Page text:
Maintain your glutathione levels — According to a 2009 study published in the journal Genes & Nutrition, fisetin has been shown to help maintain your glutathione levels, particularly during times of increased oxidative stress.26
The study authors stated, “Fisetin not only has direct antioxidant activity but it can also increase the intracellular levels of glutathione, the major intracellular antioxidant.”27 Goldschmidt asserts glutathione “has the most electrons of any antioxidant, so it can ‘donate’ more of these electrons to free radicals in order to neutralize them.”28
Protect your brain function — A 2014 study published in Aging Cell29 suggests fisetin may have the ability to stave off age-related memory associated with Alzheimer’s disease and other types of dementia. The researchers suggested fisetin can act on many of the target pathways implicated in Alzheimer’s disease.
They also found oral administration in mice aged 3 to 12 months prevented the development of learning and memory deficits. The study authors suggested “our results demonstrate fisetin, a compound that activates multiple, well-defined neuroprotective pathways, may provide a new approach to the treatment of [Alzheimer’s disease].”30
As noted in the featured video, fisetin is one of the few substances capable of crossing your blood-brain barrier. (Curcumin, a polyphenol with neuroprotective qualities, is another.)
Slow the progression of Huntington’s disease — In animal studies, fisetin has been found to slow the progression of Huntington's disease, an ultimately fatal neurodegenerative disorder characterized by cognitive, motor and psychiatric symptoms.
Pathways implicated in the disease include those involving mitogen-activated protein kinase signaling and, particularly, the Ras-extracellular signal-regulated kinase (Ras-ERK) cascade. Based on 2011 experiments involving three disease models, fisetin was shown to reduce the impact of the mutant huntingtin gene.31
The study authors noted both fisetin and resveratrol activated the ERK pathway, “thus suggesting that polyphenols and/or their derivatives might be useful for the treatment of [Huntington’s disease].”32
Stabilize resveratrol — Similar to other flavonoids, fisetin has been shown to inhibit the hepatic and duodenal sulphation of resveratrol,33 thus improving the bioavailability of this powerful anti-inflammatory polyphenol found in red wine and the skins of certain fruits.
Says Goldschmidt, “Fisetin acts as a shield for resveratrol, slowing its breaking down and being metabolized in the liver. Thus, fisetin actually increases the amount of resveratrol in the blood.”34

What’s Next for Fisetin?

Fisetin is currently undergoing clinical trials at Mayo Clinic, which means some more conclusive information about recommended dosing could become available at some point in the future. One of the current trials35 seeks to evaluate markers of frailty and inflammation, as well as bone resorption and insulin resistance in older postmenopausal women.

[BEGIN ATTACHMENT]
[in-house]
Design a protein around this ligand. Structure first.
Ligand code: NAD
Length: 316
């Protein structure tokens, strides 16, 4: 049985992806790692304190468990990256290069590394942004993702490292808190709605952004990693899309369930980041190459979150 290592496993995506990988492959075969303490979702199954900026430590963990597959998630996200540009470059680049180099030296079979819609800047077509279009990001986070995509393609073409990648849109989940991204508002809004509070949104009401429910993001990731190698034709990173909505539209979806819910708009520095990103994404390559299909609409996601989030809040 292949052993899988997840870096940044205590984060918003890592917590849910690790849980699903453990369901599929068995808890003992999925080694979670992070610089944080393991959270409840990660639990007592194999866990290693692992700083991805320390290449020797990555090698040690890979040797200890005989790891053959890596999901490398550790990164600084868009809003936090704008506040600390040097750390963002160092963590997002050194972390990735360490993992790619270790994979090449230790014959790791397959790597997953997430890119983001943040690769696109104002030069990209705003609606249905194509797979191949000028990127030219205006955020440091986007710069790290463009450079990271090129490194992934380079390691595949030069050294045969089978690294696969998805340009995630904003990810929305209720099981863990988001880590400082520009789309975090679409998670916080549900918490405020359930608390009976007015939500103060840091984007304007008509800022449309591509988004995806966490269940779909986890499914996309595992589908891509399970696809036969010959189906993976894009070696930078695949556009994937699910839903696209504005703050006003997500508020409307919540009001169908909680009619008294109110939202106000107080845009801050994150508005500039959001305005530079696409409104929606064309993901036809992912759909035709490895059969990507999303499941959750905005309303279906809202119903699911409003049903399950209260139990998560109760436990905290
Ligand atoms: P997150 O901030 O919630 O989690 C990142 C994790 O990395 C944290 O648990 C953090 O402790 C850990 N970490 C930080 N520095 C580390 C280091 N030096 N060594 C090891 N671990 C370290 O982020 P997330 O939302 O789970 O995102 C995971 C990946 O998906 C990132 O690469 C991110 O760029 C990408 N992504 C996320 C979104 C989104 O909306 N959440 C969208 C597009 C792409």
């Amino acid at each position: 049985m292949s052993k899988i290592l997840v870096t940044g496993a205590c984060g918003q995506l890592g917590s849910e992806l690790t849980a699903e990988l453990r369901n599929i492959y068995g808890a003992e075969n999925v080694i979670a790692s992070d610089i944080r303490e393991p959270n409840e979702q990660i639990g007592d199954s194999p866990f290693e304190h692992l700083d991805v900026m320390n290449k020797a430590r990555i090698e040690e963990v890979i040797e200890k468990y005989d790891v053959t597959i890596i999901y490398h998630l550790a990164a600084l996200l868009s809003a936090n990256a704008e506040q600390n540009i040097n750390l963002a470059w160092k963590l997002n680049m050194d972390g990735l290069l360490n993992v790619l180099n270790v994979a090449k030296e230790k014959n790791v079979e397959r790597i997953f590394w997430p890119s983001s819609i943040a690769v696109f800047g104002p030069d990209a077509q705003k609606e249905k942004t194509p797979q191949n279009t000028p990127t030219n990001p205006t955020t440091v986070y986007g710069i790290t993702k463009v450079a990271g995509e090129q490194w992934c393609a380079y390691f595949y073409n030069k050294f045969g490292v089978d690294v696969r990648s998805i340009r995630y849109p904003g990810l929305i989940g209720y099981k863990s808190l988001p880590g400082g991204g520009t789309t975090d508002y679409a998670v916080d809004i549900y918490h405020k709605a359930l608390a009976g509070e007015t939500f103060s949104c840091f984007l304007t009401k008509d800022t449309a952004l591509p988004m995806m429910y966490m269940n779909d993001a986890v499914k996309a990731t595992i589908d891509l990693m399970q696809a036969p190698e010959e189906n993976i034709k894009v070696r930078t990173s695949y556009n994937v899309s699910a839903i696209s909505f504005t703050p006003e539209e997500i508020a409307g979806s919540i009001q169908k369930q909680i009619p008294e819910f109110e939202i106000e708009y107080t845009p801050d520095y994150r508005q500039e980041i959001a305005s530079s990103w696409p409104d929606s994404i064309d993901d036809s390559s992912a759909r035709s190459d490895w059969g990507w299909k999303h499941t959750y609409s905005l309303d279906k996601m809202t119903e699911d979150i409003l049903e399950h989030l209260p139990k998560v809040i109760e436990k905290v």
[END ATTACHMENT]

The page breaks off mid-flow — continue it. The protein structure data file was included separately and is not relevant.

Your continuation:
The study involves 40 women, ages 70 to 90, who are affected by gait disturbance. Half of the women are receiving an oral dose of 20 mg of fisetin per kilogram of body weight per day for two consecutive days, for two consecutive months, while the other half is receiving a placebo according to the same time schedule.
The trial began in February 2018 and will conclude in June 2020. According to the researchers, “Positive results of this study would lead to the development of a larger clinical trial examining the effects of this intervention on age-related dysfunction.”36
Given the many health benefits of fisetin, I highly recommend you regularly add a serving of organic strawberries (or another fisetin-containing food) to your diet. Given the fact a 1-cup serving (152 g) of strawberry halves contains just 3.8 g of fructose, you can easily incorporate this delicious, nutritious fruit into your eating plan and still moderate your fructose levels.
As you may recall, I advise you limit fructose from all sources, including whole fruit, to 25 mg a day if you are healthy and less than 15 mg if you are dealing with a chronic illness like cancer or diabetes.
Also, when buying strawberries from the store, keep in mind conventional varieties are sprayed with a number of toxic pesticides, including chemicals known to cause cancer and reproductive damage, so be sure to purchase organic and wash them well before eating.

If you sit
just long enough
with sadness, fear or longing
or some strange energy or urge you can’t even name
if you sit in a place of no hope and no expectation
if you open your heart wide in meditation
 
the sadness eventually softens
the fear becomes intimate
its imagined edges and boundaries dissolving into the vastness
and it reveals its deep intelligence and benevolent nature
 
for at the core of everything we run away from
is everything we long for
but we’ll never know
if we keep
running.
 
- Jeff Foster
 

10/14/18 11pm Weekly Earthquake Forecast Dutchsinse

Sunday, October 14, 2018

10/14/18 1pm Earthquake Update Dutchsinse

10/13/2018 -- New Deep Large Earthquake (M6.7) -- Earthquake watch next ...

10/13/18 5pm Earthquake Update Dutchsinse

Stanford Hospital's Dr. Ian Carroll on Nerve Pain

Epigenetic Memories are Passed Down 14 Successive Generations, Game-Changing Research Reveals